How Loneliness Can Affect Your Health

How Loneliness Can Affect Your Health

Many older Americans spend their days alone, isolated from companionship and without social interaction. While we all know that loneliness is not a happy state, we did not have much evidence of the significant impact of isolation. A recent study by the University of Michigan reveals that chronic loneliness can shorten your life as much as smoking. Here are some things you need to know about how loneliness can affect your health.

The Study Respondents

The study asked Americans nationwide about their levels of companionship and social isolation, and how they feel about those factors. The survey also inquired about each person’s health status and health behaviors, such as diet, exercise, sleep habits and tobacco use. The participants were between the ages of 50 and 80.

How Chronic Loneliness Affects the Health of Older Americans

According to the survey, being lonely on a regular basis can harm seniors by:

  • Decreasing life expectancy,
  • Deteriorating memory,
  • Weakening physical well-being, and
  • Increasing the incidence of mental health issues.

Survey respondents who reported that their mental health was fair or poor, were more than eight times more likely to feel isolated than other participants. The rate of fair or poor health was more than twice as high among people who felt socially isolated than other people in the study.

The Chicken or the Egg?

The tricky bit is that some health problems can cause a person to feel more isolated, and isolation can lead to health problems. A person with hearing loss might feel left out at a social gathering, because he cannot hear well enough to participate in the conversations and activities. Out of frustration, he might stop attending social functions. The difficulty in getting around because of the lack of sidewalks, curb cuts, and wheelchair access might also cause a person with mobility issues to have fewer opportunities for interactions.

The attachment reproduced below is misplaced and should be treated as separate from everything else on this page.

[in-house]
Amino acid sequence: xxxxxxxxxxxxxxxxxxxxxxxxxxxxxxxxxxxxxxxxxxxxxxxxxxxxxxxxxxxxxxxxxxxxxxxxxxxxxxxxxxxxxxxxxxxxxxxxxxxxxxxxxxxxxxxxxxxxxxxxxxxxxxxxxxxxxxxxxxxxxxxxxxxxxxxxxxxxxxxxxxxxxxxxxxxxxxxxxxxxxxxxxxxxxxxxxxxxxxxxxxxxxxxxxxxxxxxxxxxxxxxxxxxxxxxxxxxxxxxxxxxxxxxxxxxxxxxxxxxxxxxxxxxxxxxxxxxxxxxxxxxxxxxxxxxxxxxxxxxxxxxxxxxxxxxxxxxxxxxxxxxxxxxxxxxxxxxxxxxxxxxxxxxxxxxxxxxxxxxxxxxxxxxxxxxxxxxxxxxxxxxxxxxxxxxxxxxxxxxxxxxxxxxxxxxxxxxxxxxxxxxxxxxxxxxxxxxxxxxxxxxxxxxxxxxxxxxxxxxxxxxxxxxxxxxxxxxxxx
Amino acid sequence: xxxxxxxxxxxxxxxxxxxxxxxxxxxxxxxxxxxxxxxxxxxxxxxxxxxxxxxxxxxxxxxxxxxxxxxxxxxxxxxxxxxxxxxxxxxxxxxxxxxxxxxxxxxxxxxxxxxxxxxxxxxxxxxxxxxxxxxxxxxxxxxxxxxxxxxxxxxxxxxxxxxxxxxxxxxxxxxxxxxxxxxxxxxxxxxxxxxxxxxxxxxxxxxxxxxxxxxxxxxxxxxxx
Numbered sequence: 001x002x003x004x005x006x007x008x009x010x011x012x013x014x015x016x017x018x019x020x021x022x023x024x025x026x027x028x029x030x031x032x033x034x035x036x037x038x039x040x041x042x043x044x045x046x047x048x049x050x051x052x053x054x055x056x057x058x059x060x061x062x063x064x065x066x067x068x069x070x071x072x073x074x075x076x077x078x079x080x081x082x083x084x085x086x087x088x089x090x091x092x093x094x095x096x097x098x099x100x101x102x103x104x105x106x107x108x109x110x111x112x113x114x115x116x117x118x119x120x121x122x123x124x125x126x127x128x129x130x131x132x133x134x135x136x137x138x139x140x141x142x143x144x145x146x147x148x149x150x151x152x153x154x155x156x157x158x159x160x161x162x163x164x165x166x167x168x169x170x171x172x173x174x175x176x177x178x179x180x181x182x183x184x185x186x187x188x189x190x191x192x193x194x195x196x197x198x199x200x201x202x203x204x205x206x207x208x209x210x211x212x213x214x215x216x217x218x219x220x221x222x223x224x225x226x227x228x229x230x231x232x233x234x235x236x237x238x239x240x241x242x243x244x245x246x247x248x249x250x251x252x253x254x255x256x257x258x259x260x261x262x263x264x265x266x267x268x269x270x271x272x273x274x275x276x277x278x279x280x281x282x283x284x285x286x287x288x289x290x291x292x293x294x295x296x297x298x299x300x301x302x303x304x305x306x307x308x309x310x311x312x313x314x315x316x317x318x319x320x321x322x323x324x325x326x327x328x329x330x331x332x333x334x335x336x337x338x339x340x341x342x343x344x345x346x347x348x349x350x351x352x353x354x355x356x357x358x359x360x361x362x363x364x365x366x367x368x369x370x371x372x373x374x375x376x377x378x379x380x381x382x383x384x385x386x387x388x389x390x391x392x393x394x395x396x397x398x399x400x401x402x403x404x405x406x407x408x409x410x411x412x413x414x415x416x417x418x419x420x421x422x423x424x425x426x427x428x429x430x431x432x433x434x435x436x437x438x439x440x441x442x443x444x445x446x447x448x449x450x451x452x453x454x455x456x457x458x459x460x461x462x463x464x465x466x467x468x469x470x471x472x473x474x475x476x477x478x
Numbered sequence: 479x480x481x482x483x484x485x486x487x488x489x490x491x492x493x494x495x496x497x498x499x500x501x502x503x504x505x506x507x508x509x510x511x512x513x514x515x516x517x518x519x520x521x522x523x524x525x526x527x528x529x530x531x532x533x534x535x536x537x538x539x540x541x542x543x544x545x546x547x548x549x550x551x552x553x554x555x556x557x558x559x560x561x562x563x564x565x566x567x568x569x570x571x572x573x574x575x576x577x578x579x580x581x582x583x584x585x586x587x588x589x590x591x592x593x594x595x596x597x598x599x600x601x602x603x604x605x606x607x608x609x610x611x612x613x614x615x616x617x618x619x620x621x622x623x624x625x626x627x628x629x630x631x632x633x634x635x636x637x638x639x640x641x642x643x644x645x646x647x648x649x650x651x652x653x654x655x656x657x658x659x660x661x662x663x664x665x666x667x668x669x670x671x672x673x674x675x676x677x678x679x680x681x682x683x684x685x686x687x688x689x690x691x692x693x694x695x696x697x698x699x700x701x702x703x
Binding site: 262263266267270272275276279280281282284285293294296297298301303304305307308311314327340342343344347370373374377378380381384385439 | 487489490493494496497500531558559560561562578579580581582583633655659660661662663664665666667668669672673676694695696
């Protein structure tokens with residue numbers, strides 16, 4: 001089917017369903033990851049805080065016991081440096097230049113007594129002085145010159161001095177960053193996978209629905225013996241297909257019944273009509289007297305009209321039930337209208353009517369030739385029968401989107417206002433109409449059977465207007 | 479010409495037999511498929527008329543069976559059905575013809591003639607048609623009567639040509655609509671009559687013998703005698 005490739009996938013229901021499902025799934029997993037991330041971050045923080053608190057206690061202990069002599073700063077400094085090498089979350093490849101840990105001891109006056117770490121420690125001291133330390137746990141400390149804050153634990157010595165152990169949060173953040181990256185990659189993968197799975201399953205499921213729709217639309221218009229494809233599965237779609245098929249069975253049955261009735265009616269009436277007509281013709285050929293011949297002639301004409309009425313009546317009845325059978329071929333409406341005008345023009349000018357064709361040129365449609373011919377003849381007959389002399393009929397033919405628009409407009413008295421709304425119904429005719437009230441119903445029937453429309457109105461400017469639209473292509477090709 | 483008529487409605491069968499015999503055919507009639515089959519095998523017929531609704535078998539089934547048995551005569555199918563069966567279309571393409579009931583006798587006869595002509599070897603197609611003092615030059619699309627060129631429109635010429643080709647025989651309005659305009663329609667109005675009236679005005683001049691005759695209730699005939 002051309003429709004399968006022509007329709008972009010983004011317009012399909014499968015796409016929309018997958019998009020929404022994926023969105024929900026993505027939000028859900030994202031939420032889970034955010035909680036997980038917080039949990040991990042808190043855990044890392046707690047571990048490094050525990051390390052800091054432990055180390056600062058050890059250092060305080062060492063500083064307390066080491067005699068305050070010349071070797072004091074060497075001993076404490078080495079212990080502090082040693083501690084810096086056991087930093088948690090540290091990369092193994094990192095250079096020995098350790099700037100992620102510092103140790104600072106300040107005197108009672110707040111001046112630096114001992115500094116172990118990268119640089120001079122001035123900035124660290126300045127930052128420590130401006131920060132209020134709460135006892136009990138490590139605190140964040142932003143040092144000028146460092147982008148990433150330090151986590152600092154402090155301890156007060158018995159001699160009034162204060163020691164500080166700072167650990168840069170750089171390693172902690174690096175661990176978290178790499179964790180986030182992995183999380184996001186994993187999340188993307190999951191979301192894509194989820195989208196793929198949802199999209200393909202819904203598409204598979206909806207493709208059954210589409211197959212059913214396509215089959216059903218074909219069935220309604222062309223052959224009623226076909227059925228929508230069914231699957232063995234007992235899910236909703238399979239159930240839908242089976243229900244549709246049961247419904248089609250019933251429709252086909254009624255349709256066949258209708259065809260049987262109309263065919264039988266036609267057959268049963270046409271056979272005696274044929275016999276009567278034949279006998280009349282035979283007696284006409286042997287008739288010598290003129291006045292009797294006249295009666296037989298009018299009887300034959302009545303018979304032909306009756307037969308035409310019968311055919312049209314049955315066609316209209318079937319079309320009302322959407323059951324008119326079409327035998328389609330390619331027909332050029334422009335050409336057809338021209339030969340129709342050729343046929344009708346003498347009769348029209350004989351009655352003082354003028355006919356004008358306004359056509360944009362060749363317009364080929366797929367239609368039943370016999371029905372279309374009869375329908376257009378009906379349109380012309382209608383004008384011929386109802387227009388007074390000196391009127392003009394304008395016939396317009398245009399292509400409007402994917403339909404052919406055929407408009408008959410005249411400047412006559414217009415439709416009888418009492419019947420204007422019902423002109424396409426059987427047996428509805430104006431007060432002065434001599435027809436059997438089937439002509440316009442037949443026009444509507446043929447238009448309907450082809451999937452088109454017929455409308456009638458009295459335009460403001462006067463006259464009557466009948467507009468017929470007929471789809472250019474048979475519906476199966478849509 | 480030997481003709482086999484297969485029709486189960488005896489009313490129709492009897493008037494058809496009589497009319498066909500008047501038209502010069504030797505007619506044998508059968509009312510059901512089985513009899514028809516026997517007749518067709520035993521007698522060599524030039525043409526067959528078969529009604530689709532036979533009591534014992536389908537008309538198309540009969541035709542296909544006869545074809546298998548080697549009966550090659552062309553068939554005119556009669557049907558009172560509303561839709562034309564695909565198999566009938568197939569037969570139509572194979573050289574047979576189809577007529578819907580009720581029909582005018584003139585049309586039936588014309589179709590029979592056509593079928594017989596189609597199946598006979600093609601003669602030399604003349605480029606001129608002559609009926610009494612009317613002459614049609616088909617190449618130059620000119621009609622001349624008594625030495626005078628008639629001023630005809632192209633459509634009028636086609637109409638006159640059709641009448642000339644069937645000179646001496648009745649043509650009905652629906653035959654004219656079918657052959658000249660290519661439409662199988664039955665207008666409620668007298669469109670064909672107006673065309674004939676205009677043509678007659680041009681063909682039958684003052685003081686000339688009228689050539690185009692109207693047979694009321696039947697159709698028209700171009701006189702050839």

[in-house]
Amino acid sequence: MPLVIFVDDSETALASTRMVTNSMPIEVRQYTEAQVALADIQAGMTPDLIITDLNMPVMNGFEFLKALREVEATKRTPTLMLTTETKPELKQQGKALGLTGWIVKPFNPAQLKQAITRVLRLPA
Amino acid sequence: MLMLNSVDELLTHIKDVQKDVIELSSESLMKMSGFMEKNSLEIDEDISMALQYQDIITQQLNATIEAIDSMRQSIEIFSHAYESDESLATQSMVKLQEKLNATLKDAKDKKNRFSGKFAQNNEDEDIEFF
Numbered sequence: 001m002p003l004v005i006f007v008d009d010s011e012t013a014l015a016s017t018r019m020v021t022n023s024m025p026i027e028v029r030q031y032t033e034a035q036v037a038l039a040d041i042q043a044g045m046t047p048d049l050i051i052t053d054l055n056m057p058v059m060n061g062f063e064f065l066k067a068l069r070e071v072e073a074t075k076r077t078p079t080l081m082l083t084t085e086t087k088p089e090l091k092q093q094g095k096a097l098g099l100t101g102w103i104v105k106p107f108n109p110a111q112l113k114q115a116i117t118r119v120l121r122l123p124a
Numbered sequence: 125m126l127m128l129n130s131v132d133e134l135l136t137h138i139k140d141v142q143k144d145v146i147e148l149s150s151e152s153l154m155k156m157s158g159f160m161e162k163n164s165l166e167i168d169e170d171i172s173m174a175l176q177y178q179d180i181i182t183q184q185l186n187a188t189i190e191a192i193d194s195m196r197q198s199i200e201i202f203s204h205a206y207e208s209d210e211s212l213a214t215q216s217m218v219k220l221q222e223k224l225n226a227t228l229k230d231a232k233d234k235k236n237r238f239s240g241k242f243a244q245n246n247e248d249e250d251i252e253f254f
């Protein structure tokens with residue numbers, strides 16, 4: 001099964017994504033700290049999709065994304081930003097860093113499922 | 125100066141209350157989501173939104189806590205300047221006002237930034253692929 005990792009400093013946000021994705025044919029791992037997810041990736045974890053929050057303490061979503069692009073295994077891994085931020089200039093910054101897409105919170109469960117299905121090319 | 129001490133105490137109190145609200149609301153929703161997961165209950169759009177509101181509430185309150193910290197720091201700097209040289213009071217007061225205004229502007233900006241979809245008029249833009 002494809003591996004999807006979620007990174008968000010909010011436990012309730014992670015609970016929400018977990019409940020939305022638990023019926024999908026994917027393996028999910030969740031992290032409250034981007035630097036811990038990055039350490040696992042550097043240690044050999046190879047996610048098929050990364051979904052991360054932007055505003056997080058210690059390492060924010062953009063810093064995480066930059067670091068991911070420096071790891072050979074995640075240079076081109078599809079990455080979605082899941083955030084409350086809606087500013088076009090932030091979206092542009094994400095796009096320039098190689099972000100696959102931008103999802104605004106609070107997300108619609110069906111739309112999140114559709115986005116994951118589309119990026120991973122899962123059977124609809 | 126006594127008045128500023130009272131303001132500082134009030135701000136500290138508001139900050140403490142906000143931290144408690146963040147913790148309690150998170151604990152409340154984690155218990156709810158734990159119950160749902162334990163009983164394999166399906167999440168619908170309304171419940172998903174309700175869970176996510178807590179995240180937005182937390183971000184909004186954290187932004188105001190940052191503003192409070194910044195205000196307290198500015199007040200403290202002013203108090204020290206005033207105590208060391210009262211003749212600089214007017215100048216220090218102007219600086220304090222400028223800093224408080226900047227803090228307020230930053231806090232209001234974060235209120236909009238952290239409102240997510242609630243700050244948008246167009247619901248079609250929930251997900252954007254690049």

Healthy habits tend to go hand-in-hand with social activity. For example, older Americans who said that they have a nutritious diet, exercise regularly and get plenty of sleep, were less likely to report feeling lonely or isolated. On the other hand, those who smoke or use tobacco were more likely to say that they felt a lack of companionship and that they felt isolated, than non-smokers and people who do not use tobacco.

The Good News

Nearly three-fourths of survey respondents said they have frequent social contact with people who do not live with them, including neighbors, friends and relatives. Almost a third interact socially every day.

With today’s technology, a person who has difficulty leaving the house, can video chat with loved ones who are hundreds of miles away or enjoy an event through the use of VR (virtual reality) or AR (augmented reality) devices. While electronic participation is not the same as being there, this level of interaction is better than not being connected at all. Many people were critical of telephones when they were a new invention, because the devices were not the same as a face-to-face conversation.

Best Odds

The participants with the lowest rates of loneliness and isolation were:

  • Male,
  • Still working,
  • Had an annual household income of more than $60,000,
  • Did not have children in the home, and
  • Did have at least one other adult in the home.


University of Michigan. “Loneliness and Health.” (accessed April 10, 2019)